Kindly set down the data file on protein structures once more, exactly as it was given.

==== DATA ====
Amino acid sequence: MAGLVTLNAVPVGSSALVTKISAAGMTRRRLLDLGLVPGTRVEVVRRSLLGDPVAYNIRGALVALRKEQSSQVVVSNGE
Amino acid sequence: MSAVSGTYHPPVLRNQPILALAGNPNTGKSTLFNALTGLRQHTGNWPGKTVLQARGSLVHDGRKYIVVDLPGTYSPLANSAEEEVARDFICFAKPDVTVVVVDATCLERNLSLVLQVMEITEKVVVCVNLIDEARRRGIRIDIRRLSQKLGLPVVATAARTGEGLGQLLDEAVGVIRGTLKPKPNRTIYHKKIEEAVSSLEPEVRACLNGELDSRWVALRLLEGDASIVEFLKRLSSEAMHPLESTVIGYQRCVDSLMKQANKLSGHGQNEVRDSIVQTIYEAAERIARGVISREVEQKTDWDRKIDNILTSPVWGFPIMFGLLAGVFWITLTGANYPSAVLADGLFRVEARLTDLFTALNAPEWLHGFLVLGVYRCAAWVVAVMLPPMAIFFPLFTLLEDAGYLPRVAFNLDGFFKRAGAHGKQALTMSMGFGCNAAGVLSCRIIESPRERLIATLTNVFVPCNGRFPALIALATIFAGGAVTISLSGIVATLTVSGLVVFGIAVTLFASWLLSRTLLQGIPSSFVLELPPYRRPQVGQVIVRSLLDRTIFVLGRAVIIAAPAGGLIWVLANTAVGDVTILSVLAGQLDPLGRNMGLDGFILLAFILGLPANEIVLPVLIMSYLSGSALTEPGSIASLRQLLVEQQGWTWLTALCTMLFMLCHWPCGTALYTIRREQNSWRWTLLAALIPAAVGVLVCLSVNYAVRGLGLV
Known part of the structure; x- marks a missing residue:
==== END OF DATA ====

Amino acid sequence: MAGLVTLNAVPVGSSALVTKISAAGMTRRRLLDLGLVPGTRVEVVRRSLLGDPVAYNIRGALVALRKEQSSQVVVSNGE
Amino acid sequence: MSAVSGTYHPPVLRNQPILALAGNPNTGKSTLFNALTGLRQHTGNWPGKTVLQARGSLVHDGRKYIVVDLPGTYSPLANSAEEEVARDFICFAKPDVTVVVVDATCLERNLSLVLQVMEITEKVVVCVNLIDEARRRGIRIDIRRLSQKLGLPVVATAARTGEGLGQLLDEAVGVIRGTLKPKPNRTIYHKKIEEAVSSLEPEVRACLNGELDSRWVALRLLEGDASIVEFLKRLSSEAMHPLESTVIGYQRCVDSLMKQANKLSGHGQNEVRDSIVQTIYEAAERIARGVISREVEQKTDWDRKIDNILTSPVWGFPIMFGLLAGVFWITLTGANYPSAVLADGLFRVEARLTDLFTALNAPEWLHGFLVLGVYRCAAWVVAVMLPPMAIFFPLFTLLEDAGYLPRVAFNLDGFFKRAGAHGKQALTMSMGFGCNAAGVLSCRIIESPRERLIATLTNVFVPCNGRFPALIALATIFAGGAVTISLSGIVATLTVSGLVVFGIAVTLFASWLLSRTLLQGIPSSFVLELPPYRRPQVGQVIVRSLLDRTIFVLGRAVIIAAPAGGLIWVLANTAVGDVTILSVLAGQLDPLGRNMGLDGFILLAFILGLPANEIVLPVLIMSYLSGSALTEPGSIASLRQLLVEQQGWTWLTALCTMLFMLCHWPCGTALYTIRREQNSWRWTLLAALIPAAVGVLVCLSVNYAVRGLGLV
Known part of the structure; x- marks a missing residue: